A Homeland Security official who spoke to CNN said that the United States has started flying migrants from Canada to either be processed in Mexico or returned to Mexico or their country of origin.

Biden made his first trip to Canada Thursday for a "meaningful visit" with Trudeau on a broad range of global issues. He is scheduled to give a speech Friday to the country's parliament in Ottawa.

The leaders will sit down behind closed doors to focus on emerging global security challenges, defense spending, climate change, trade expansion, immigration concerns, the Ukraine war, and ongoing political unrest in Haiti, according to U.S. state-owned media.

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"This is a meaningful visit," National Security Council spokesperson John Kirby told reporters Wednesday during a White House briefing to set up the president's visit, according to Politico.

Kirby described the upcoming sit-down as "the first true, in-person, bilateral meeting between the two leaders in Canada" since the Obama era.

"This visit is about taking stock of what we've done, where we are and what we need to prioritize for the future," he said.

The president's visit will last just one full day, with Biden arriving Thursday evening, and flying home to Delaware the next night after delivering the parliamentary address and attending a state dinner.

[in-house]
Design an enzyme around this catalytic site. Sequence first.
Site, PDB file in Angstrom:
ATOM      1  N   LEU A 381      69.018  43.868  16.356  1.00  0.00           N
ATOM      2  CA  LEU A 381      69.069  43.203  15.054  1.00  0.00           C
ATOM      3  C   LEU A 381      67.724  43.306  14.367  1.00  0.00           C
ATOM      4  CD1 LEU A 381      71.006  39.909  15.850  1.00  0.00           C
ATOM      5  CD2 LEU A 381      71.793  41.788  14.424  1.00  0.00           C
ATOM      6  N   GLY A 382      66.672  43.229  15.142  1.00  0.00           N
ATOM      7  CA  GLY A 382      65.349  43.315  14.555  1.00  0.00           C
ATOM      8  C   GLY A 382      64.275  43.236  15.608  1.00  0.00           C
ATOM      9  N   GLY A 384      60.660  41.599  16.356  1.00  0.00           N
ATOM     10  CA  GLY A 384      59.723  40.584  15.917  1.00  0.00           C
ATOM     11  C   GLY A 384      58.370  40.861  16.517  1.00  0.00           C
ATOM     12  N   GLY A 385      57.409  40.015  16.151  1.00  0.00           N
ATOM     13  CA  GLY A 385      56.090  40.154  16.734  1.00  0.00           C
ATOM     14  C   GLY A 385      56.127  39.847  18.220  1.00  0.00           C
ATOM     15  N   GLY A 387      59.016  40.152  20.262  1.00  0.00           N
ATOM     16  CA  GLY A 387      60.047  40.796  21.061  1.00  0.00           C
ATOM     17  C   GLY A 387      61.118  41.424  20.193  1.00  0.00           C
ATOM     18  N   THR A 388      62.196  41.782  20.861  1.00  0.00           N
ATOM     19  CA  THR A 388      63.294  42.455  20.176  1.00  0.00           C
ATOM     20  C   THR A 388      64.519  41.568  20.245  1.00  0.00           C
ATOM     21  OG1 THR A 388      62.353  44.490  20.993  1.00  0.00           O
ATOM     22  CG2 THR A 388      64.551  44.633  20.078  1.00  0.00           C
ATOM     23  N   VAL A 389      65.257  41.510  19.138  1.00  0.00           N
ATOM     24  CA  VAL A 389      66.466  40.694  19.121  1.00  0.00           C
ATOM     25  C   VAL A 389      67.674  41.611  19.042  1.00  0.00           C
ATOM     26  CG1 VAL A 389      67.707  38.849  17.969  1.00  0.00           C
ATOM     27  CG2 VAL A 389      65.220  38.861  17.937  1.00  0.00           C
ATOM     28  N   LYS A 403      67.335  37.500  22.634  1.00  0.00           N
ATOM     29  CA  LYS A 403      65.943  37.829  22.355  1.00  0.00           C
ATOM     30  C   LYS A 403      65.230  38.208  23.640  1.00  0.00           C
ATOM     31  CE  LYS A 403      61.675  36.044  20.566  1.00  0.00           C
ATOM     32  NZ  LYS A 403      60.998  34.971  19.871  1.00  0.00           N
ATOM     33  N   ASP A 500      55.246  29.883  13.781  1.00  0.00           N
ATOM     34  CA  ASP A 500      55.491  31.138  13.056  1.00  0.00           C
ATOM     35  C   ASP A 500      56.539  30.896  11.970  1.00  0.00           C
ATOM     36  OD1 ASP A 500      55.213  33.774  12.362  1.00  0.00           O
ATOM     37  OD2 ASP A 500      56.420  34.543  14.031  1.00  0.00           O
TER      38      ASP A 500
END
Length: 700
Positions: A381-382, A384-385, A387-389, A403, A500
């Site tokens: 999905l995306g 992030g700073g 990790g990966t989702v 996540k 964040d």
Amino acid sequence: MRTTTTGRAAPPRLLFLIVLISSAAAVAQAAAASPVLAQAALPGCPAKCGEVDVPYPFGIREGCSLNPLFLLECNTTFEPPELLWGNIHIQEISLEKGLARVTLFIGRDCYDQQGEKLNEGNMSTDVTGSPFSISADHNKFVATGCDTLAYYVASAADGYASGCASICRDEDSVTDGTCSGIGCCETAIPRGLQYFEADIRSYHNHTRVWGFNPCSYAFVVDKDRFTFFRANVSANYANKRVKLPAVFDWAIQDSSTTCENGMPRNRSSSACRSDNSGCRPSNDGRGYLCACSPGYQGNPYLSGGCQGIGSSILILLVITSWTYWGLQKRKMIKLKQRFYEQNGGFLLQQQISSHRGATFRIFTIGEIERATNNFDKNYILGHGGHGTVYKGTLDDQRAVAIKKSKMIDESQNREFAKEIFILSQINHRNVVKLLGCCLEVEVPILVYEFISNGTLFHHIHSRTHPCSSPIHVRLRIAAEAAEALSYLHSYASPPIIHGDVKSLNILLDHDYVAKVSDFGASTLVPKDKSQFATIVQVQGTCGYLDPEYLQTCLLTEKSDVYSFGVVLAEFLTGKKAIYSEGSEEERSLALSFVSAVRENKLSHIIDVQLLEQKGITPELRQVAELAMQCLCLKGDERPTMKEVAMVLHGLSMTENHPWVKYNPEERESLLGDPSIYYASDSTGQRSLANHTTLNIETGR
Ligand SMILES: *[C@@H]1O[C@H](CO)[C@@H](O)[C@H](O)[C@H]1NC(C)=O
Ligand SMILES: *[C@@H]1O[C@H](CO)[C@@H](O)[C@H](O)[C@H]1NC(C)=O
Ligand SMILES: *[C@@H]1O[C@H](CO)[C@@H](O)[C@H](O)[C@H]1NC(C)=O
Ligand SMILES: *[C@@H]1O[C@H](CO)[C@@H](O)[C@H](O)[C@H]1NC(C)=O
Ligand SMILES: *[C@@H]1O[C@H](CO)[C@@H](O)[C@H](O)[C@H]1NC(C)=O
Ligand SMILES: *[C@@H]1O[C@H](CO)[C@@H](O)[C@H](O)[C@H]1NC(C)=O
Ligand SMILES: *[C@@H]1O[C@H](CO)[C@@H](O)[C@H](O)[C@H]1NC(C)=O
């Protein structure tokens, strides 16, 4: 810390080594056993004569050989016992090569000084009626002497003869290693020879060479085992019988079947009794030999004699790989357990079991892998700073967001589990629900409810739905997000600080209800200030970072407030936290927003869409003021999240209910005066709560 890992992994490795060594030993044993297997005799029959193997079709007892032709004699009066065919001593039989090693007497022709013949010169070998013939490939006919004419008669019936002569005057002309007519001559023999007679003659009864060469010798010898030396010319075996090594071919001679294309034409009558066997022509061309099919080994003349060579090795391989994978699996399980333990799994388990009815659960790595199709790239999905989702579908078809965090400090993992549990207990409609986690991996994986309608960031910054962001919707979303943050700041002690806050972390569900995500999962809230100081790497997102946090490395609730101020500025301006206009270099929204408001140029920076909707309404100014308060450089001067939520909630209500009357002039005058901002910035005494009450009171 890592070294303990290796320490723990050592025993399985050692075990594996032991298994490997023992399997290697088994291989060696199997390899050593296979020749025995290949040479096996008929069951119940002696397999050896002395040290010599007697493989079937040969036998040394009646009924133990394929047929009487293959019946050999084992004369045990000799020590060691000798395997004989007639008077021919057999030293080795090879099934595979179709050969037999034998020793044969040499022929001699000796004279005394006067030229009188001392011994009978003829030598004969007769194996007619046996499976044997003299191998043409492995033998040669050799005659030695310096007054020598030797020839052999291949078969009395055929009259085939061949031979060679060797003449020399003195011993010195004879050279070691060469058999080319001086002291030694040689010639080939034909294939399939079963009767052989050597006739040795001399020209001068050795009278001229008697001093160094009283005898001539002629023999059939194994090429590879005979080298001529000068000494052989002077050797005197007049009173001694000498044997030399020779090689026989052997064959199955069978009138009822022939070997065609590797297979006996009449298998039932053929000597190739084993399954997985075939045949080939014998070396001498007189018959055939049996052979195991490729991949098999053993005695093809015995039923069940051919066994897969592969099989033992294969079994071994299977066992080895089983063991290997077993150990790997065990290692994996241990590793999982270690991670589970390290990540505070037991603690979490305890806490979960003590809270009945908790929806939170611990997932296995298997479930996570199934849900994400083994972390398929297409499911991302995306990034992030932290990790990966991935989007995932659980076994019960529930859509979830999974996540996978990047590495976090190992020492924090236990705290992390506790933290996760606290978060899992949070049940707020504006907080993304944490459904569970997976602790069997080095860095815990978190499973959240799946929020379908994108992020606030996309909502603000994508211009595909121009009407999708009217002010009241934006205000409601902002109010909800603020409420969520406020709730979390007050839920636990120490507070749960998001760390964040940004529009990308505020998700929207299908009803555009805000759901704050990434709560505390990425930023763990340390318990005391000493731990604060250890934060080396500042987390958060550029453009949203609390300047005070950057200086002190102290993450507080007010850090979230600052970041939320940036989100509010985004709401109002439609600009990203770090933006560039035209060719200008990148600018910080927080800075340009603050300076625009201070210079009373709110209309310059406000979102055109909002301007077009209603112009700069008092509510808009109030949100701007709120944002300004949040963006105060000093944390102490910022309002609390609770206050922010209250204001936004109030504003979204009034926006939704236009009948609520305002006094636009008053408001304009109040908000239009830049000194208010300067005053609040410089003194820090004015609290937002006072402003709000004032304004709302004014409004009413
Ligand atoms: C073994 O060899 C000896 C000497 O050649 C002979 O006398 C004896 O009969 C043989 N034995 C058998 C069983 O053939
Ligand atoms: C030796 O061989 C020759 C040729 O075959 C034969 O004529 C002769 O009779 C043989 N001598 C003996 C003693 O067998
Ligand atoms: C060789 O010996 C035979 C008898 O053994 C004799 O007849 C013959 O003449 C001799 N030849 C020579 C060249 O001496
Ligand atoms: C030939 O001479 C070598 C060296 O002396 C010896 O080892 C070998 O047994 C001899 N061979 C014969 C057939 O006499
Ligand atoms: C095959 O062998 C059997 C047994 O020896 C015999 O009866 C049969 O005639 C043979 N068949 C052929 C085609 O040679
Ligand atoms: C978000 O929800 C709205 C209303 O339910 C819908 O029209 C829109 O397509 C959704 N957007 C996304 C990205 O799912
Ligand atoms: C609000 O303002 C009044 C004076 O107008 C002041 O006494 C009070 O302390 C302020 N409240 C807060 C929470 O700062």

The most pressing issue on the table is the security of North American airspace -- as provided by the joint North American Air Defense Command -- in the wake of an explosive episode last month in which Biden ordered the military to shoot down a Chinese spy balloon after it drifted across the U.S. for several days.

The leaders will seek ways to boost international security throughout the Western Hemisphere, as well as in Europe and Asia.

The talks will also address sending a U.N. peacekeeping force to Haiti, where more than 500 people have been killed in violence that erupted among street gangs following the assassination of President Jovenel Moise in July 2021.